A city filled with everyday people going about everyday lives in the company of history, art and music. A city in which romance drifts in on shimmering mist as the basilica is reflected on water covering the Piazza San Marco after a shower, or the famous acqua alta, the high water that floods Venice.
A city so famous the United States purports to have its very own version – Fort Lauderdale, though having been to both I find it hard to marry the two. One has charm, the other…. well I’m not quite sure what it has. Modern riches, maybe.
Asia has thirteen places vying for the title of Venice of the East but the reality is there is only one Venice, and that’s in Italy.
Why this obsession with Venice?
Well, the book I’m currently writing – a contemporary novel – is set there and anything happening on the Italian floating island draws my eye. And so happened with an article, “Tourists fined for surfing up Venice’s Grand Canal”, written by Julia Buckley on the CNN website yesterday. I’ve been stewing ever since.
I could come up with all sorts of comments about the surfers but I think the Mayor of Venice, Luigi Brugnaro, said it all, “Ecco due imbecilli prepotenti che si fanno beffa della Città…” which, in my rough translation means, “Two imbecilic bullies make a mockery of the city…”
In the age of social media and cell phone cameras it did not take long to capture the idiots, confiscate their eFoils (surfboards on hydrofoils worth approximately US$25,000) for not being insured, fine them just over $1,500, charge with them with anti-social behaviour and expel them from the city. I sincerely hope never to be allowed to return.
I did harbour a desire for them to have been run over by a vaporetto, the taxies that ply the Venetian waterways, but I suppose that could be classified as anti-social thought. But who the hell are these people who think they can travel and trample so carelessly on another country’s sensibilities?
Australian journalist, Derek Rielly, on the blog Beach Grit – Ultra Hard Surf Candy, likened Mayor Brugnaro to Mussolini, which rather shows his lack of knowledge, not to mention complete disregard for the safety of those travelling the canals legally. Mr Rielly goes on to condemn “Angels of Decorum” in Venice for fining tourists who jump into the waterways for a quick dip, who feed the pigeons which defecate on buildings and tourists alike, and for not wearing shirts. Perhaps, because Mr Rielly is from a ‘new’ country, he has no sense of history, no sense of preserving a UNESCO site – historic buildings rise from the waters of the Grand Canal, the main thoroughfare of the city – or perhaps he just has no sense. I’m guessing he doesn’t travel gently.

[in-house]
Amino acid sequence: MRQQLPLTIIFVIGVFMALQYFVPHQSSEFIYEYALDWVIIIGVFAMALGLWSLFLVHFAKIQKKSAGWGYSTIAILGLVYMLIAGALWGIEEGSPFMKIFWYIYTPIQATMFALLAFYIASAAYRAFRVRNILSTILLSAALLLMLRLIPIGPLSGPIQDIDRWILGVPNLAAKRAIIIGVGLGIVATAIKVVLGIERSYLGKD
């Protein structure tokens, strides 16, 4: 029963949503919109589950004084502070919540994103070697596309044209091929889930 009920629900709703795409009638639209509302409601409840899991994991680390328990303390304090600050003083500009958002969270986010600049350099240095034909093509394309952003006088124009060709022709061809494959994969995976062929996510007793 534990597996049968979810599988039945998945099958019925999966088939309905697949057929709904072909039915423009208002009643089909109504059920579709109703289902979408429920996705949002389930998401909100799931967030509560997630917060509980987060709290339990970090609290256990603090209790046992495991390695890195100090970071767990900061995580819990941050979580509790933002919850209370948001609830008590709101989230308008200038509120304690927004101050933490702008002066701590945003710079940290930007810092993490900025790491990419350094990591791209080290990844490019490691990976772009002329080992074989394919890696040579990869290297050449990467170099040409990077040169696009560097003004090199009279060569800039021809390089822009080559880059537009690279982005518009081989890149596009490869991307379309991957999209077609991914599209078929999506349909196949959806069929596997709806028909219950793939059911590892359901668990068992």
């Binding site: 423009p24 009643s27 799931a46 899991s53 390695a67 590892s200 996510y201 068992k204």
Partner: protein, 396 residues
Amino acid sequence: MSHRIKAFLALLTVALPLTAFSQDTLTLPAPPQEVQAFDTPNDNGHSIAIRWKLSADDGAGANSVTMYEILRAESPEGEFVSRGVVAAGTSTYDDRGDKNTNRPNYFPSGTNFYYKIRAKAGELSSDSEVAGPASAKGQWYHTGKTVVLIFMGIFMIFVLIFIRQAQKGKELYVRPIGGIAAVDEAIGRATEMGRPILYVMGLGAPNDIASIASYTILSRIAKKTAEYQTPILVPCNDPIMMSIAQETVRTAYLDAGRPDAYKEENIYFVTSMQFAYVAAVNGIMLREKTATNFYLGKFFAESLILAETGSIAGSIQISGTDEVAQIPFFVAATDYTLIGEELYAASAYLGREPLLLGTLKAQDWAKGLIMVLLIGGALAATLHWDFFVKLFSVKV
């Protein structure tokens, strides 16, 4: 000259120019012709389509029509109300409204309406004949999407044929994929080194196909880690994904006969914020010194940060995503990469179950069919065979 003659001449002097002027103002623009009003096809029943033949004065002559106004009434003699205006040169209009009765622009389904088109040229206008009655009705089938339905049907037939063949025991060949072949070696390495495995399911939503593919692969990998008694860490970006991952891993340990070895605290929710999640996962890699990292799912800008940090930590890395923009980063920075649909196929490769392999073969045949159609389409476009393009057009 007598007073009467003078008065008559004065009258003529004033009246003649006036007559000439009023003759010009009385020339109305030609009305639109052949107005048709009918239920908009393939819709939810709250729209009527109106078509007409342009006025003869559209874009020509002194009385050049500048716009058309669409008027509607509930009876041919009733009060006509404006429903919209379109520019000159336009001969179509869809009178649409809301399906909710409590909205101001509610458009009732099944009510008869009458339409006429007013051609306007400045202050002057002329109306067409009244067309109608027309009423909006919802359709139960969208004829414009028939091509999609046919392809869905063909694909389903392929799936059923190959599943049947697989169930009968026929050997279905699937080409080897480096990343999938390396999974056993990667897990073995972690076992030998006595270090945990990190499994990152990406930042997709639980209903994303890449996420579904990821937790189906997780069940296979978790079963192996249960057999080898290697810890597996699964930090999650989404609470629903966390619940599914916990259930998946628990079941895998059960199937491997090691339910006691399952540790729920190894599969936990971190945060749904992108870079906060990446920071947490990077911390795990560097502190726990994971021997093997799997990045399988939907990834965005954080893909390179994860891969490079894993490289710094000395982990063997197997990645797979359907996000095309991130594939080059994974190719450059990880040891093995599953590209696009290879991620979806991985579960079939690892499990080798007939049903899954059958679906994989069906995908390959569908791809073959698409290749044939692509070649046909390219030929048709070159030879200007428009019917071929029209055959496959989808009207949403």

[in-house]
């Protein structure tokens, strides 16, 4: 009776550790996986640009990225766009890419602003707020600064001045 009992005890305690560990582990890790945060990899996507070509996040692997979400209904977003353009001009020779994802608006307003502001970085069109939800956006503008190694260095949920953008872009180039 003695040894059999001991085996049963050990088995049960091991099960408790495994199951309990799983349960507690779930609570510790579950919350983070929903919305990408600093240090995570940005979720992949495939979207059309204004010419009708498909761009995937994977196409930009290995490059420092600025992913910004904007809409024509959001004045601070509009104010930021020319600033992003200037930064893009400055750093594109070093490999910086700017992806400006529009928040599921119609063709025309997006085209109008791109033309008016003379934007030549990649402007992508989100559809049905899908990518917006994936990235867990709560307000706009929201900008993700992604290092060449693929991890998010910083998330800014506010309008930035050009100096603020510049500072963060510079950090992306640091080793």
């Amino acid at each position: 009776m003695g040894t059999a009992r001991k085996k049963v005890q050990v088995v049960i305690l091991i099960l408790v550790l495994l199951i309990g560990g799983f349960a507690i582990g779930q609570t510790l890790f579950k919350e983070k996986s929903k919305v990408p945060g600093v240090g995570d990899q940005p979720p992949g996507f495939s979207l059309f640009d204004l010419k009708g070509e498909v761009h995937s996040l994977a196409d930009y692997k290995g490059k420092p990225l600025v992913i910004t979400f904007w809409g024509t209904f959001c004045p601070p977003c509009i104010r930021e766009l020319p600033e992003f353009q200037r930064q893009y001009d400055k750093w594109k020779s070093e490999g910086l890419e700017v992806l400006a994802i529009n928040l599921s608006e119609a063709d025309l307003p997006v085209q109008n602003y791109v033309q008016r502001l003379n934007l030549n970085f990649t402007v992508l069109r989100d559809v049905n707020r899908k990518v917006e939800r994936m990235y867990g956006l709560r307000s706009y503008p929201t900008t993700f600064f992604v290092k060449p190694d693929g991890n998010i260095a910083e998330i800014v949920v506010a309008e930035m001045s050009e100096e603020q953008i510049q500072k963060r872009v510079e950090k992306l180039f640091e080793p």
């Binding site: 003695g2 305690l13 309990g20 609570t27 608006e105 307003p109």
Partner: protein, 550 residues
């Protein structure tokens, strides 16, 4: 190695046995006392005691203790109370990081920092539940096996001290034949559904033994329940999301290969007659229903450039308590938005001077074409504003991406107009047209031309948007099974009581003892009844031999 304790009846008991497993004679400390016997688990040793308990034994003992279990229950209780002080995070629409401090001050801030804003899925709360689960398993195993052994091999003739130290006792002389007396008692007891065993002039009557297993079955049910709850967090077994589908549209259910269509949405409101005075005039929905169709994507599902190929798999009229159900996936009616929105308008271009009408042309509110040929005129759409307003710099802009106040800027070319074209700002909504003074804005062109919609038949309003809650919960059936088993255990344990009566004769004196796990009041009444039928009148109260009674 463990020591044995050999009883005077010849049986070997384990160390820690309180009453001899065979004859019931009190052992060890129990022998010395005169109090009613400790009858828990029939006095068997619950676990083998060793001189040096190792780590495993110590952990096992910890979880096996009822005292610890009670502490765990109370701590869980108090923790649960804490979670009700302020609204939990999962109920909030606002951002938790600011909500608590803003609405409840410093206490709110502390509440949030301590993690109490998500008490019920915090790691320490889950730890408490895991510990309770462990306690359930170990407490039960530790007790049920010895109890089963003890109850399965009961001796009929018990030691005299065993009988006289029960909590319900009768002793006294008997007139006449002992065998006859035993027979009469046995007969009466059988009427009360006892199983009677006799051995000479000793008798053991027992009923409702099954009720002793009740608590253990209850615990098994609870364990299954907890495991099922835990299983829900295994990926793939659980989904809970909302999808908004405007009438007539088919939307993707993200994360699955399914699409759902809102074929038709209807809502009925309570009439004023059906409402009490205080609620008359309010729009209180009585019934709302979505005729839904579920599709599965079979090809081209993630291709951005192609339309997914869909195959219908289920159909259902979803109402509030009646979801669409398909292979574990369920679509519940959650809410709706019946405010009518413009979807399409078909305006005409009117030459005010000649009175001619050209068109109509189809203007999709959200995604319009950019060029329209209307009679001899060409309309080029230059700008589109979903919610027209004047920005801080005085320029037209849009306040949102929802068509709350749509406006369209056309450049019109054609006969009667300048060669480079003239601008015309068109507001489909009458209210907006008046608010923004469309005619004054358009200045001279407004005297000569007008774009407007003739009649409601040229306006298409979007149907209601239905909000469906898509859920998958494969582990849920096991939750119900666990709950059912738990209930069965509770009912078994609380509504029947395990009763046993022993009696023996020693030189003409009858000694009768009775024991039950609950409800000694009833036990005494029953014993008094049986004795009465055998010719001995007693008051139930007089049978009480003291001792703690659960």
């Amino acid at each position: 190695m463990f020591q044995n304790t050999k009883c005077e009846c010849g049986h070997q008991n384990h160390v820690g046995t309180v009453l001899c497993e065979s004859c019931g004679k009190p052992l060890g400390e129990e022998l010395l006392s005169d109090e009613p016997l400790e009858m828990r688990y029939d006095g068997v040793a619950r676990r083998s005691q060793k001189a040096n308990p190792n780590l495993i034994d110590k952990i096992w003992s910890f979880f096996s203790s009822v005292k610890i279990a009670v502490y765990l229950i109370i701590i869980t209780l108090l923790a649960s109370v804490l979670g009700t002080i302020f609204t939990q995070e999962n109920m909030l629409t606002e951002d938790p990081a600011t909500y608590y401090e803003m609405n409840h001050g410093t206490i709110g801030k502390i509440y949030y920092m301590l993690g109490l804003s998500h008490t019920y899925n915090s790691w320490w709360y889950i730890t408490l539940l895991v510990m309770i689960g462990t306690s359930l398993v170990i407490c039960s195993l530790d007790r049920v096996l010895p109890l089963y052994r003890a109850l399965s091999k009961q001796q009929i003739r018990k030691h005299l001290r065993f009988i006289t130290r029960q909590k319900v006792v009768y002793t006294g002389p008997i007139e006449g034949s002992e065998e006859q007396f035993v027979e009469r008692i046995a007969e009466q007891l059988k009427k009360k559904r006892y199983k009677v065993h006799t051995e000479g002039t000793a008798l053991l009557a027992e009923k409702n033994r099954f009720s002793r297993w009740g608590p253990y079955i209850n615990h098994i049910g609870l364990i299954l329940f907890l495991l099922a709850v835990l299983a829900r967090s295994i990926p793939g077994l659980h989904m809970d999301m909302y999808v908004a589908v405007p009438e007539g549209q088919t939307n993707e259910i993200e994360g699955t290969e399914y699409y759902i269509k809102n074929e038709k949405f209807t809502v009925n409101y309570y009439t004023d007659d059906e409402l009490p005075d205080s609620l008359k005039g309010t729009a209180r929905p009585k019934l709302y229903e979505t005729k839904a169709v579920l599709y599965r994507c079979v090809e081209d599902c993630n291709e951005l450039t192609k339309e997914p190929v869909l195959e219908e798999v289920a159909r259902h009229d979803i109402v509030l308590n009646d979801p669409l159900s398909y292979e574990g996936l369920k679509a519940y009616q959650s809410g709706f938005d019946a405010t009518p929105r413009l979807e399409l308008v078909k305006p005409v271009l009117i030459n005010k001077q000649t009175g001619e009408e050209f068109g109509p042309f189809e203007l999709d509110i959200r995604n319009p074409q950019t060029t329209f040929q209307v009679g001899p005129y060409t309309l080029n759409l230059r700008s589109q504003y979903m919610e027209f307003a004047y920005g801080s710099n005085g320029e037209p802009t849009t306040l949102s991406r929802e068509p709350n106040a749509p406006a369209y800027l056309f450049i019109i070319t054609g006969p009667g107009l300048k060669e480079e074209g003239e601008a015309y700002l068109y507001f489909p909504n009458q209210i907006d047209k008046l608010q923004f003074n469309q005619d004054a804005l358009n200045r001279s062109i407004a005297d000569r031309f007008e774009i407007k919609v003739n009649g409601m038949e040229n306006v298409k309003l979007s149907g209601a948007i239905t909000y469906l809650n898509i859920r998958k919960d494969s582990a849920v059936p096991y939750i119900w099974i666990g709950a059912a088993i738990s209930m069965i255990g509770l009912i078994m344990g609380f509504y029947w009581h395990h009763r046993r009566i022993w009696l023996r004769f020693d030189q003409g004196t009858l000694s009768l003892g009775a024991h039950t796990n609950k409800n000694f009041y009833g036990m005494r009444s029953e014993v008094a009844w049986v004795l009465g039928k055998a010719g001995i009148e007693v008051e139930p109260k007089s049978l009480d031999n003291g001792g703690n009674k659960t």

Despite all the press about the difficulty of travel due to COVID, staff shortages, bad management, whatever you want to call it, we can now once again hop on a plane to add new experiences to our memory banks. That doesn’t mean surfing the Grand Canal, or driving down the Spanish Steps in Rome, defacing monuments with inane scribbles, taking nude selfies in sacred places – all of which show a startling lack of respect for a country in which one is a guest.
Travel, whether for a holiday or living abroad, should encourage curiosity, should nudge us to discover another culture, new language, to revel in new foods, to marvel at new sights and sites. The privilege of travel does not allow a free-for-all of wanton selfishness and disregard. Tourism and expatriates may well bring in dollars, pounds and euros, but they can also bring mayhem, whether through drunkenness, stupidity or ignorance. It leaves the locals, whether in Mumbai, Madrid or Malacca shaking their heads in anger and despair. It makes travel so much harder for those who do roam with care, with respect, with curiosity – none of which negates the fun and excitement of foreign places and experiences.
Thomas Fuller, the English historian and churchman wrote in 17th Century wrote, “Travel makes a wise man better but a fool worse.”
The eFoil surfers on Venice’s Grand Canal in the 21st Century have proved him right.